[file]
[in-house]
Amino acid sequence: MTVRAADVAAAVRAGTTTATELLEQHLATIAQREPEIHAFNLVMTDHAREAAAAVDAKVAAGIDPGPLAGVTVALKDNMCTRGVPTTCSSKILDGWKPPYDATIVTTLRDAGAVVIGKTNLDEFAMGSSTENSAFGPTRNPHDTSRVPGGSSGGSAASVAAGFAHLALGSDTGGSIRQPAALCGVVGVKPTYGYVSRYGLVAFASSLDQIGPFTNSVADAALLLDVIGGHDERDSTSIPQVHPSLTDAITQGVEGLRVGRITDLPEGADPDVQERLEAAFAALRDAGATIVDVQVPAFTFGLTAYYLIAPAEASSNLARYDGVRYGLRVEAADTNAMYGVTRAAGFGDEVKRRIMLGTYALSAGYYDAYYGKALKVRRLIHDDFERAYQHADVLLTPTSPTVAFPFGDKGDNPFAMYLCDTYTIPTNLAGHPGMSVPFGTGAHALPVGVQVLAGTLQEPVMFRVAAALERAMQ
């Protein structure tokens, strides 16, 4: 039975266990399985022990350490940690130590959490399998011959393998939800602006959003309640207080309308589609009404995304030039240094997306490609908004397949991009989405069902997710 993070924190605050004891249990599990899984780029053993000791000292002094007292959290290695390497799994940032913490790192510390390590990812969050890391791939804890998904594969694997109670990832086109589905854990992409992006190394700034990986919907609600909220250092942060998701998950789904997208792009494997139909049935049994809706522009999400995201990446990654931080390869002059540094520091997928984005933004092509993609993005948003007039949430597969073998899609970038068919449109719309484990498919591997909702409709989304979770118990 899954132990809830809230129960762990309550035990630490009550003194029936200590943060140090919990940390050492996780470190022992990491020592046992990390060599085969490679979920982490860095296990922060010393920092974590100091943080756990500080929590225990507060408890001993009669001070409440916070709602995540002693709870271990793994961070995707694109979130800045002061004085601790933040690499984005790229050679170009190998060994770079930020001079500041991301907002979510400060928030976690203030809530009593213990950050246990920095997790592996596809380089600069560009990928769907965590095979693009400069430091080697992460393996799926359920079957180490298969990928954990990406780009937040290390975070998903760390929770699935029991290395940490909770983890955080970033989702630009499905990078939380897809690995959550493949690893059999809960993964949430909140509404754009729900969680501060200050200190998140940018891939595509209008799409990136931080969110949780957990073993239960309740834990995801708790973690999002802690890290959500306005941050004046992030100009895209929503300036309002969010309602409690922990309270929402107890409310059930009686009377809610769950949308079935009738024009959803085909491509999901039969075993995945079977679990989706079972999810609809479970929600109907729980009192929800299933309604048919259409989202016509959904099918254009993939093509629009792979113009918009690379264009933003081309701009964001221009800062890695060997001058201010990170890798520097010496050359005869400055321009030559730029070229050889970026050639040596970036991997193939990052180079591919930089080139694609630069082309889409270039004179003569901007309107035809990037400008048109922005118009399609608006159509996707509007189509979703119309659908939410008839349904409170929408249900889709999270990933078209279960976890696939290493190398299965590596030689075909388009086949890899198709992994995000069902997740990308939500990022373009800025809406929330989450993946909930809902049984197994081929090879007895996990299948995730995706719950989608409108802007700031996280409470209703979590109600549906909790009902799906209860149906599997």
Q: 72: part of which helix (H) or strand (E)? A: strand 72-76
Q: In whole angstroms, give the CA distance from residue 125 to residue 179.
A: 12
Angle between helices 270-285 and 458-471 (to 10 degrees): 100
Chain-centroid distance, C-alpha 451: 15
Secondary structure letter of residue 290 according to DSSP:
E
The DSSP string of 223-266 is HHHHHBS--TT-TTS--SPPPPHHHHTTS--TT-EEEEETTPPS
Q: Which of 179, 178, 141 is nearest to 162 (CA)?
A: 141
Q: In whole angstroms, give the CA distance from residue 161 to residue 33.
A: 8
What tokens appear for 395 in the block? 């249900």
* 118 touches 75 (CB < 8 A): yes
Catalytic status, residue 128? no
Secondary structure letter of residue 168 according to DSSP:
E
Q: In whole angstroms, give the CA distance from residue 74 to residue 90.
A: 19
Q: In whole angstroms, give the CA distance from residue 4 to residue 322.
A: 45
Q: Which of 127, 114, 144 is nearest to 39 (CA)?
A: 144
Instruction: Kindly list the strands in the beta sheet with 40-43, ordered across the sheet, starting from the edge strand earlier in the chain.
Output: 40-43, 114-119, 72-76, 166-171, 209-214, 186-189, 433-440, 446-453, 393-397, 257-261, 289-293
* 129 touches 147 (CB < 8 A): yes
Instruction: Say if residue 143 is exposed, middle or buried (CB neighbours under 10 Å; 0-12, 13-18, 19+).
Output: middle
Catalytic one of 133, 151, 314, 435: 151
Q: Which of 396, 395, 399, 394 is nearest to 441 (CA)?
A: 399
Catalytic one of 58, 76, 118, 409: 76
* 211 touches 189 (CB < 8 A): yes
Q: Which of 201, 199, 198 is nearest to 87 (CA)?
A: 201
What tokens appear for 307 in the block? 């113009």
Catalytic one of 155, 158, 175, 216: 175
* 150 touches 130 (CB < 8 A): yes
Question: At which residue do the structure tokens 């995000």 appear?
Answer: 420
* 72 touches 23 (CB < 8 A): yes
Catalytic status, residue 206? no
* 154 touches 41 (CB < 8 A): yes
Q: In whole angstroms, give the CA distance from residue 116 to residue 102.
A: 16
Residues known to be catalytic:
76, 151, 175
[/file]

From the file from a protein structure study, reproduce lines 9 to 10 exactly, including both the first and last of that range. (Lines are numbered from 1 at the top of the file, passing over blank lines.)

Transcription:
Secondary structure letter of residue 290 according to DSSP:
E